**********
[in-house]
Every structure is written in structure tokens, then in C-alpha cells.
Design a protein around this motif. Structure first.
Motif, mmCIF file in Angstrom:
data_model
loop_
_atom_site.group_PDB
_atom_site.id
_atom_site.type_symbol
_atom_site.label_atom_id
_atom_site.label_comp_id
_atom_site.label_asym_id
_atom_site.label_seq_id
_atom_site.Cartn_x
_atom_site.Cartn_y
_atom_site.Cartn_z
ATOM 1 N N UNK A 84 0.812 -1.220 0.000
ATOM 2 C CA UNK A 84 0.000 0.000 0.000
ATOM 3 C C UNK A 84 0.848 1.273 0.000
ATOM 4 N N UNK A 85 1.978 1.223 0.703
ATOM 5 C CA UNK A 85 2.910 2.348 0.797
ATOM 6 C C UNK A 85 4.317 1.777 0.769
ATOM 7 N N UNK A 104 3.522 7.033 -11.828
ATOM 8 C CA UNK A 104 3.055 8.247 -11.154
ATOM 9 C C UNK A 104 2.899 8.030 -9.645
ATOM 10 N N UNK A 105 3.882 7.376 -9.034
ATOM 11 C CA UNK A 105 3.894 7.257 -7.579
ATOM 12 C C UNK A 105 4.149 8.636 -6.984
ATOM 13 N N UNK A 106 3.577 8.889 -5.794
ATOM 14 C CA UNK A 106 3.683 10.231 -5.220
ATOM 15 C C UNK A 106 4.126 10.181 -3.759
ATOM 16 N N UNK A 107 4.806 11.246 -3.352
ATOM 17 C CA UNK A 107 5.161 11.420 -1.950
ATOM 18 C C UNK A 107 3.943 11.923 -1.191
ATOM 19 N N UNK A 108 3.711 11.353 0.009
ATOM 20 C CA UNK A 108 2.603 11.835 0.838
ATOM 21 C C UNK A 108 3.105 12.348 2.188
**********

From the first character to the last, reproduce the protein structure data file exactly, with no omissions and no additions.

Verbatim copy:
[in-house]
Every structure is written in structure tokens, then in C-alpha cells.
Design a protein around this motif. Structure first.
Motif, mmCIF file in Angstrom:
data_model
loop_
_atom_site.group_PDB
_atom_site.id
_atom_site.type_symbol
_atom_site.label_atom_id
_atom_site.label_comp_id
_atom_site.label_asym_id
_atom_site.label_seq_id
_atom_site.Cartn_x
_atom_site.Cartn_y
_atom_site.Cartn_z
ATOM 1 N N UNK A 84 0.812 -1.220 0.000
ATOM 2 C CA UNK A 84 0.000 0.000 0.000
ATOM 3 C C UNK A 84 0.848 1.273 0.000
ATOM 4 N N UNK A 85 1.978 1.223 0.703
ATOM 5 C CA UNK A 85 2.910 2.348 0.797
ATOM 6 C C UNK A 85 4.317 1.777 0.769
ATOM 7 N N UNK A 104 3.522 7.033 -11.828
ATOM 8 C CA UNK A 104 3.055 8.247 -11.154
ATOM 9 C C UNK A 104 2.899 8.030 -9.645
ATOM 10 N N UNK A 105 3.882 7.376 -9.034
ATOM 11 C CA UNK A 105 3.894 7.257 -7.579
ATOM 12 C C UNK A 105 4.149 8.636 -6.984
ATOM 13 N N UNK A 106 3.577 8.889 -5.794
ATOM 14 C CA UNK A 106 3.683 10.231 -5.220
ATOM 15 C C UNK A 106 4.126 10.181 -3.759
ATOM 16 N N UNK A 107 4.806 11.246 -3.352
ATOM 17 C CA UNK A 107 5.161 11.420 -1.950
ATOM 18 C C UNK A 107 3.943 11.923 -1.191
ATOM 19 N N UNK A 108 3.711 11.353 0.009
ATOM 20 C CA UNK A 108 2.603 11.835 0.838
ATOM 21 C C UNK A 108 3.105 12.348 2.188